• Reporting and analytics: WMS generates insightful reports and analytics on warehouse performance, enabling data-driven decision-making and continuous process improvement.

Key features of WMS:
  • Tracks inventory management
  • Streamlines order processing and fulfillment
  • Generates reporting and analytics

Warehouse Control System (WCS)

As warehouses increasingly embraced automation technologies such as conveyor systems, the need for specialised control and execution systems became evident. The Warehouse Control System (WCS) concept emerged to fill this gap, focusing on directing the physical movements of goods within the warehouse.

Think of WCS as the traffic cop of warehouse conveyance, overseeing and controlling the movements of materials and resources within the facility. WCS primarily focuses on managing and directing the physical aspects of inventory conveyance within warehouse operations, utilising traditional automation such as conveyors.

Key features of WCS:

  • Equipment control: WCS controls and coordinates the operation of various warehouse equipment, ensuring smooth material flow and efficient use of resources.
  • Real-time monitoring and optimisation: WCS provides real-time visibility into warehouse operations related to conveyance, allowing for proactive monitoring, troubleshooting and optimisation of workflows.
  • Integration with WMS and WES: WCS serves as the action arm of a WMS and WES, translating higher-level directives from WMS into actionable tasks for automated equipment orchestrated by WES.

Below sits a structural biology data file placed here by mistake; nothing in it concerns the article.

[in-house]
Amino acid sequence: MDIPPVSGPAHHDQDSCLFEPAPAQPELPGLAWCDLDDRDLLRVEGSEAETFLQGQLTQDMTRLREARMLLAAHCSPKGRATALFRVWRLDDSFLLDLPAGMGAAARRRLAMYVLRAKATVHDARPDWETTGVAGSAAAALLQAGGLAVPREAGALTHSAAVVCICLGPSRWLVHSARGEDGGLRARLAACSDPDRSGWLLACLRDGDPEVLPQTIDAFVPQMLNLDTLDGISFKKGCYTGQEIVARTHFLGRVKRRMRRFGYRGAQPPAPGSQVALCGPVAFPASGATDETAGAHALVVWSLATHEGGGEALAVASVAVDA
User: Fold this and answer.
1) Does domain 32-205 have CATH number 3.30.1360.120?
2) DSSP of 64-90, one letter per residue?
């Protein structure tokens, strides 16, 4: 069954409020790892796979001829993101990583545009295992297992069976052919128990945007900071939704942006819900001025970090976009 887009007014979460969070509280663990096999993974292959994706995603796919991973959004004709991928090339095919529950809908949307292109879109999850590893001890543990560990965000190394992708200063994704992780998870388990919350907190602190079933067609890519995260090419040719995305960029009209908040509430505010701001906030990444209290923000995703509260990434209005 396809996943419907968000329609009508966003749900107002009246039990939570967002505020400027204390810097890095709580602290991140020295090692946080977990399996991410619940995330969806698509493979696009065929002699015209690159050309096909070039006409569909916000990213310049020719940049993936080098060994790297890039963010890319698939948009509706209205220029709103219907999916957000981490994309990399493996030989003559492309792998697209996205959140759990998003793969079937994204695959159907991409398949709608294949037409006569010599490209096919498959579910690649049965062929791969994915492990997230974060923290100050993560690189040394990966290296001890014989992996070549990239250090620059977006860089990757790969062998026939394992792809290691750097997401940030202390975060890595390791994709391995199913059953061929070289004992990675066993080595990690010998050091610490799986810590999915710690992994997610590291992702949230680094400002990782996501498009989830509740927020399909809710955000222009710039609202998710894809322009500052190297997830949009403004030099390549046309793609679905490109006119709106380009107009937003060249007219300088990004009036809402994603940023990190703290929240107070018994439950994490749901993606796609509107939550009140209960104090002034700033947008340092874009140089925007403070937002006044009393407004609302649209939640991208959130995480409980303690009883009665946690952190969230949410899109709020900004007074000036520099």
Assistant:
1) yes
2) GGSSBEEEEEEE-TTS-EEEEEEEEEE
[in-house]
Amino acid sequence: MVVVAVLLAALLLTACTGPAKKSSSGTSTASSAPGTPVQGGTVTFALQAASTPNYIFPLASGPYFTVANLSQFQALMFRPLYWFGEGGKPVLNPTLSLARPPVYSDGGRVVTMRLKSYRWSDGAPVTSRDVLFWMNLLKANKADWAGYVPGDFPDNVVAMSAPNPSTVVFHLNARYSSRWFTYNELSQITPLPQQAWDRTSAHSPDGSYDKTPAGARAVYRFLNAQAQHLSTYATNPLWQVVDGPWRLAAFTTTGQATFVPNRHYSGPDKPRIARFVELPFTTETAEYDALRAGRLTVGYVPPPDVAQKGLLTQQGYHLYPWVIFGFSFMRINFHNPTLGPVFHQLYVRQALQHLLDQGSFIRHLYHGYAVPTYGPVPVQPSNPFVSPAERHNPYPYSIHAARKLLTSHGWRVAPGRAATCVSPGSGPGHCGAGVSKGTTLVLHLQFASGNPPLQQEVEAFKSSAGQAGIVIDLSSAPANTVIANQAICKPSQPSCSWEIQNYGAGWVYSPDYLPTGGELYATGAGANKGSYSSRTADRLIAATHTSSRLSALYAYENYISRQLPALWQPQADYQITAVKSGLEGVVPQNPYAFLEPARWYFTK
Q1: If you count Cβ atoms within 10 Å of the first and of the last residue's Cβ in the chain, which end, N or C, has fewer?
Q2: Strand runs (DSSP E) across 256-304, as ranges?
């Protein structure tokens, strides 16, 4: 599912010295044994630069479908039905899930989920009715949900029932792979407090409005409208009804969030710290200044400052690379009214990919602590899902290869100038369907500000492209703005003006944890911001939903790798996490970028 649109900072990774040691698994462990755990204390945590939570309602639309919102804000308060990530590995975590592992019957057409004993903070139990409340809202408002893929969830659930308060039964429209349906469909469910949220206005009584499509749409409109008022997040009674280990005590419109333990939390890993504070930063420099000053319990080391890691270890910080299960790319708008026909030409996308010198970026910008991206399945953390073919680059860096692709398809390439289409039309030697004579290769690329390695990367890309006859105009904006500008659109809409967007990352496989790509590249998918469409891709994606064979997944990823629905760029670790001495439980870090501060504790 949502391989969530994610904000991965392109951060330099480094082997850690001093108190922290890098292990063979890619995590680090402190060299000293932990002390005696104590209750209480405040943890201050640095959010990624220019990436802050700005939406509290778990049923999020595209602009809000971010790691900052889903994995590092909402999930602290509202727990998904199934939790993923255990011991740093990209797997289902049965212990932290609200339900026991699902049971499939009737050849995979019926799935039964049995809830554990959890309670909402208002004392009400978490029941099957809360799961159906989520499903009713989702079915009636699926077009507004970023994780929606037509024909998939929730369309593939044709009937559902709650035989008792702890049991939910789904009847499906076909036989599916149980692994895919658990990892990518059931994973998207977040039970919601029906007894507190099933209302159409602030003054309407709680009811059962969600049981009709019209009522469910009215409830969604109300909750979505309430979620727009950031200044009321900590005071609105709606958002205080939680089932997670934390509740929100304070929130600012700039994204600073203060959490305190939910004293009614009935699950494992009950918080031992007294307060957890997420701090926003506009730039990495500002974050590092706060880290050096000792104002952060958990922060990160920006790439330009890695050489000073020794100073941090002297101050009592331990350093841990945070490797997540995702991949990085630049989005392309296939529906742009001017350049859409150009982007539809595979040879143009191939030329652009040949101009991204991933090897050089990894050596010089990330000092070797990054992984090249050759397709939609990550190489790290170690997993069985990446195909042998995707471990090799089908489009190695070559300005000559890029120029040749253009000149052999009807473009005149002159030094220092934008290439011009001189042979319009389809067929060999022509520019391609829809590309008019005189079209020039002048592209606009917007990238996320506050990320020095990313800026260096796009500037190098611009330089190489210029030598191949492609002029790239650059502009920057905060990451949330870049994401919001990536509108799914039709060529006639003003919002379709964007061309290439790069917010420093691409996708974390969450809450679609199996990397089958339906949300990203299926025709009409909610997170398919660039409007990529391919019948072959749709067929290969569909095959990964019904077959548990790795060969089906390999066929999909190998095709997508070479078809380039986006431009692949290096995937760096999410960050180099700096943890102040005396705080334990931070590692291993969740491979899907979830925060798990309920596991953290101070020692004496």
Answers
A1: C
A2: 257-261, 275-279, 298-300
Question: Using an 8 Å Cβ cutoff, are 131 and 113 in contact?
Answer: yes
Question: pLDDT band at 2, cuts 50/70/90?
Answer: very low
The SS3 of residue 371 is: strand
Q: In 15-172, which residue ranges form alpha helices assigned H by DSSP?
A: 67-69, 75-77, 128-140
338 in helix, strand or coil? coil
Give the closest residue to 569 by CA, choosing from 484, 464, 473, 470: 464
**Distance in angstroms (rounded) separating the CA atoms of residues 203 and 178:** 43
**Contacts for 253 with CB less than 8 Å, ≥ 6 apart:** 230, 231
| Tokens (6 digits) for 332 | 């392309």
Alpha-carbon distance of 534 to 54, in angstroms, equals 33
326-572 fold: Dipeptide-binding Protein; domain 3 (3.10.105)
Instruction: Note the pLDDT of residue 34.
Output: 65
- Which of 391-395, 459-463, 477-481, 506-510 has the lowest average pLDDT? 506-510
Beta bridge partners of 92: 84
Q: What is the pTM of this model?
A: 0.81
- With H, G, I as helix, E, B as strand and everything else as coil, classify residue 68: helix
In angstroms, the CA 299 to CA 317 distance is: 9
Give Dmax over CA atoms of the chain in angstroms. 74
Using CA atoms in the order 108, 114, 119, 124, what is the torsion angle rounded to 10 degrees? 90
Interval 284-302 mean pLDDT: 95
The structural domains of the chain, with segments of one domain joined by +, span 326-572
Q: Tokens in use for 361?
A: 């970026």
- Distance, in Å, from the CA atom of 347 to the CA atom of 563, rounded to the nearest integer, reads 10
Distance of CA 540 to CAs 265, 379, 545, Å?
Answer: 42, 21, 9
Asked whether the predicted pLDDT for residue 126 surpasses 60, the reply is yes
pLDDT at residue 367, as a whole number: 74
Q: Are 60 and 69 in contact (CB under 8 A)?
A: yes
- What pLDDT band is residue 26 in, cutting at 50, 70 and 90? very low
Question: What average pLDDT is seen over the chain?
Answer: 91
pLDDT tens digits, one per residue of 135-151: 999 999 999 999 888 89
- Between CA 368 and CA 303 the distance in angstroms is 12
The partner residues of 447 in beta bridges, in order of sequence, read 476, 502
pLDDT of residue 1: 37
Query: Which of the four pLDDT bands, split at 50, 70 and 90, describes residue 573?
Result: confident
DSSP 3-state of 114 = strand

Key features of WCS:
  • Coordinated equipment control
  • Real-time monitoring and optimisation
  • Integration with WMS and WES

Warehouse Execution System (WES)

Warehouse Execution System (WES) solutions evolved to address the complexities of modern warehouse operations as these operations have seen the progression of manual and automated processes, integrating with WCS and other automation technologies to dynamically allocate tasks, optimise workflows and orchestrate the flow of goods within the warehouse.
Imagine the WES as the conductor of an orchestra, coordinating the intricate flow of various elements within the warehouse to ensure a harmonious performance. A WES integrates and orchestrates multiple automation technologies, such as conveyors, sorters and robotics, to optimise the flow of goods through the facility.

Key features of WES:

  • Dynamic task allocation: WES dynamically assigns tasks to different resources based on real-time data and operational priorities, ensuring optimal resource utilisation.
  • Order fulfillment optimisation: WES prioritises and sequences orders efficiently, minimising processing times and meeting customer demands and SLA adherence promptly.
  • Adaptive workflow management: WES adapts to changing conditions and demand fluctuations, optimising workflows to maximise throughput and minimise bottlenecks.
Key features of WES:
  • Dynamic task allocation
  • Order fulfillment optimisation